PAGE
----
Durban: President Cyril Ramaphosa, on 26 May 2020 eased the restrictions on religious activities, which permitted places of worship to reopen from 1 June. The entire country of South Africa is expected to move to level 3 of the lockdown phases. This will ease broader reopening of economic activities, including recently added sector – religious activities.
Churches, temples, mosques, synagogues, and other recognised places of worship will resume services with a restricted number of people not more than 50 depending on the space available.
Following the announcement, it seems as if a debacle button has been switched on. Now restaurants are demanding an explanation from government on why their services should remain shut whereas places of worship, as identified above, are permitted to operate during lockdown level 3 starting 1 June.
Restaurant owners have since argued that their premises offer low risk of Covid-19 infection, given strict new protocols that are being introduced.
On average, in winter, about 150 people visit a sit-down restaurant during an eight-hour trading period; this translates to six tables – or at its busiest 15 to 20 tables – in a 150 square metre area, says Ocean Basket’s CEO Grace Harding, who’s the spokesperson for the Restaurant Collective, an organisation which represents sit-down restaurants. “Our restaurants are considerably safer and less congested than public transport or standing in supermarket queues. We are responsible and organised and willing.”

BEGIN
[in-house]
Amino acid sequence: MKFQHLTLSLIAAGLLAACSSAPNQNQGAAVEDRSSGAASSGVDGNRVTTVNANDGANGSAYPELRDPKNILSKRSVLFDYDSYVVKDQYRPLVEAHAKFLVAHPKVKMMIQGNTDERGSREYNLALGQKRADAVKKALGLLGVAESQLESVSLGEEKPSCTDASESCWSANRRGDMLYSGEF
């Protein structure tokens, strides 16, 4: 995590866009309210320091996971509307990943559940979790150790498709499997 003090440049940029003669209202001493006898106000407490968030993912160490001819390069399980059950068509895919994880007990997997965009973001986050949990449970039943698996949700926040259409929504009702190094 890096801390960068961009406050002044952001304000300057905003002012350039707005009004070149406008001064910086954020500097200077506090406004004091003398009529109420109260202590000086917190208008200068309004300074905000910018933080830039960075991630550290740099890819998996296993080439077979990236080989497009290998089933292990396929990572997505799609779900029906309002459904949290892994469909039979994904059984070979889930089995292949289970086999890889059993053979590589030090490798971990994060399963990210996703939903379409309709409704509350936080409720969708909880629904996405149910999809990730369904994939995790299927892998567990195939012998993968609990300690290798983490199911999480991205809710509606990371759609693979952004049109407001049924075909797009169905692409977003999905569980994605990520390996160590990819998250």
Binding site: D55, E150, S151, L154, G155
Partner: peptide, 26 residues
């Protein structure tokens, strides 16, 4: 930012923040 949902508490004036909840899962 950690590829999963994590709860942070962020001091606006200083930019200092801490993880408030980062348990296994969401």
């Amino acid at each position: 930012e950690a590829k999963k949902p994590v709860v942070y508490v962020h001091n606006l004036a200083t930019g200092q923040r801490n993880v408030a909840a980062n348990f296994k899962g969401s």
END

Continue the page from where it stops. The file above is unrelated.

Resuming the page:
Harding says that restaurants were initially judged to have one of the highest potentials for risk of transmission, but the facts have changed.
Around the world, restaurants are reopening and have very successfully introduced measures that include physical distancing, the wearing of masks and other protective equipment, sanitation as well as twice daily temperature checks, says Harding. This seemingly has initiated a very different look and feel prior to the coronavirus pandemic.
The ban on restaurants doesn’t make sense, says Wendy Alberts, CEO of the Restaurant Association of South Africa (RASA).
The RASA is working with its lawyers on an urgent submission to government demanding an explanation.
“This is unconstitutional and an act of discrimination. (It’s) really not fair on our restaurants and the huge amount of staff that are still unemployed.”
Some 800,000 people are employed in the restaurant industry, says Alberts. She says “dozens of restaurants” are going out of business every day.
Harding stresses that restaurants cannot survive by deliveries and take-aways alone. Under Level 4, restaurants were only allowed to do deliveries, while in Level 3 collections and drive-throughs will be allowed.
Restaurateurs and café owners are among those who have borne the economic brunt of stay-at-home policies. As such, many are desperate to reopen to save their businesses from bankruptcy, but rules on social distancing mean they are having to rethink how they serve their customers – mostly home deliveries and takeaways. This method many lament is not economically sustainable.
A typicalsit-down restaurant that opens for delivery and take-away only, and with the reduced staff and costs to match activity, is only able to break-even once it achieves about one-third of the sales turnover that it would normally achieve with full sit-down allowed, she says. The reason for this is that delivery and takeaway is an expensive channel to service with the extra packaging costs and delivery fees incurred.
Research by the Restaurant Collective shows that sit-down restaurants will suffer a net loss if they only do deliveries and takeaways. In a few days to come, we will know how serious the RASA is willing to take up their case against government.